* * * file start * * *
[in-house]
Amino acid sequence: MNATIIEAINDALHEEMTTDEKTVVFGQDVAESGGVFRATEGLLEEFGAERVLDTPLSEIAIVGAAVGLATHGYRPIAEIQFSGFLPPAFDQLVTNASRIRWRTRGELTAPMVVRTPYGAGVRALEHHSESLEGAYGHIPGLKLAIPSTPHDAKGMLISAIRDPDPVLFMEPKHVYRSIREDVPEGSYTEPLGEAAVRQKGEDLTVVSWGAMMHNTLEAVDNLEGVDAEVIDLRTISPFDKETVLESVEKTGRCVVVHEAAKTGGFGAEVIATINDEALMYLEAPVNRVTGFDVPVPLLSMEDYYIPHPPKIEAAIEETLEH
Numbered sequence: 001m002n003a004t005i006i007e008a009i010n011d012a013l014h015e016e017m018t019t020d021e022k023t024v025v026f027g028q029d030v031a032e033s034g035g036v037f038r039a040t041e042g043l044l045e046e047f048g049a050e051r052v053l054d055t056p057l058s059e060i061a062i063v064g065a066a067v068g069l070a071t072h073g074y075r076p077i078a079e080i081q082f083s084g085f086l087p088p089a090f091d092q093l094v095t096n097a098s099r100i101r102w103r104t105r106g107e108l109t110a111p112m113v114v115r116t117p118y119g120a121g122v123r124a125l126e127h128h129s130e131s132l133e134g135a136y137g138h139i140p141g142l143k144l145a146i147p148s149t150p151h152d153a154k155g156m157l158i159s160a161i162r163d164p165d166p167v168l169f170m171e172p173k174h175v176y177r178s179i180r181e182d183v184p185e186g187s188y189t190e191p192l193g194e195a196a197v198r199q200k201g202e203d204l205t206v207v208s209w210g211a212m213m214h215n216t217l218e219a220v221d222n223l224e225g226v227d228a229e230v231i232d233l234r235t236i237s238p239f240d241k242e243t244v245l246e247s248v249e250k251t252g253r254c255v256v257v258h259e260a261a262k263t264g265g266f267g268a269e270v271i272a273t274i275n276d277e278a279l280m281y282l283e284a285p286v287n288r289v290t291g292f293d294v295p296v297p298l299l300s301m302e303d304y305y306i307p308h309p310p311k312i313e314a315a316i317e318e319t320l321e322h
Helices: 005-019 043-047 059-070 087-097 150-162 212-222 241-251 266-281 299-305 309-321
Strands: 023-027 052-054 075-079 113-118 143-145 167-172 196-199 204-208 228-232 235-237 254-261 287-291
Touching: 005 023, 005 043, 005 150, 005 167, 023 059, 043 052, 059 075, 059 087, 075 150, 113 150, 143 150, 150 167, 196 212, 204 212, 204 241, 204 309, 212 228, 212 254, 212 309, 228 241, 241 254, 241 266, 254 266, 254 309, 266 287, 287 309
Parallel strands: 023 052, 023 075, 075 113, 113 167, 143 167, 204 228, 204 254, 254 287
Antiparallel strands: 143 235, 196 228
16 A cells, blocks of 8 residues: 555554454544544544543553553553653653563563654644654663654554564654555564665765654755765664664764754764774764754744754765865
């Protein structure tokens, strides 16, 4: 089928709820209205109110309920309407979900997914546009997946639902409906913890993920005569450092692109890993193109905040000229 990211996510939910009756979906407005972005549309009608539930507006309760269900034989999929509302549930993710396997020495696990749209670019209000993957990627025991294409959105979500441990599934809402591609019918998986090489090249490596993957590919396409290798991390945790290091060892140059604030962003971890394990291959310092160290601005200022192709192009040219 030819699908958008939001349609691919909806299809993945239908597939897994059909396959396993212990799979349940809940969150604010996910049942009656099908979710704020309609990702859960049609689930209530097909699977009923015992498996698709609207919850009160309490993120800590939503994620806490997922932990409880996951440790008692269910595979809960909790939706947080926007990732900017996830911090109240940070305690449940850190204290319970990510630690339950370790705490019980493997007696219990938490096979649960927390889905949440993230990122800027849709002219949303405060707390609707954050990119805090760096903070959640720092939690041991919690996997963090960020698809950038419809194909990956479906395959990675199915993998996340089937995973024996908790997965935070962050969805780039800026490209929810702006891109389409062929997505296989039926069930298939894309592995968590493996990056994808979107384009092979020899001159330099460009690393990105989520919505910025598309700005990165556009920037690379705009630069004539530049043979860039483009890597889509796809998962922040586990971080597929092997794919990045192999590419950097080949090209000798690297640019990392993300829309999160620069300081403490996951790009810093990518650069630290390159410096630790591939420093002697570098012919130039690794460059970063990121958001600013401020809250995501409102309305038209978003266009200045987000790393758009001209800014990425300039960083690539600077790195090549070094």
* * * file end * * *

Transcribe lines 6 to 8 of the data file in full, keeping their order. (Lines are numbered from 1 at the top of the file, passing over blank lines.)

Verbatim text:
Touching: 005 023, 005 043, 005 150, 005 167, 023 059, 043 052, 059 075, 059 087, 075 150, 113 150, 143 150, 150 167, 196 212, 204 212, 204 241, 204 309, 212 228, 212 254, 212 309, 228 241, 241 254, 241 266, 254 266, 254 309, 266 287, 287 309
Parallel strands: 023 052, 023 075, 075 113, 113 167, 143 167, 204 228, 204 254, 254 287
Antiparallel strands: 143 235, 196 228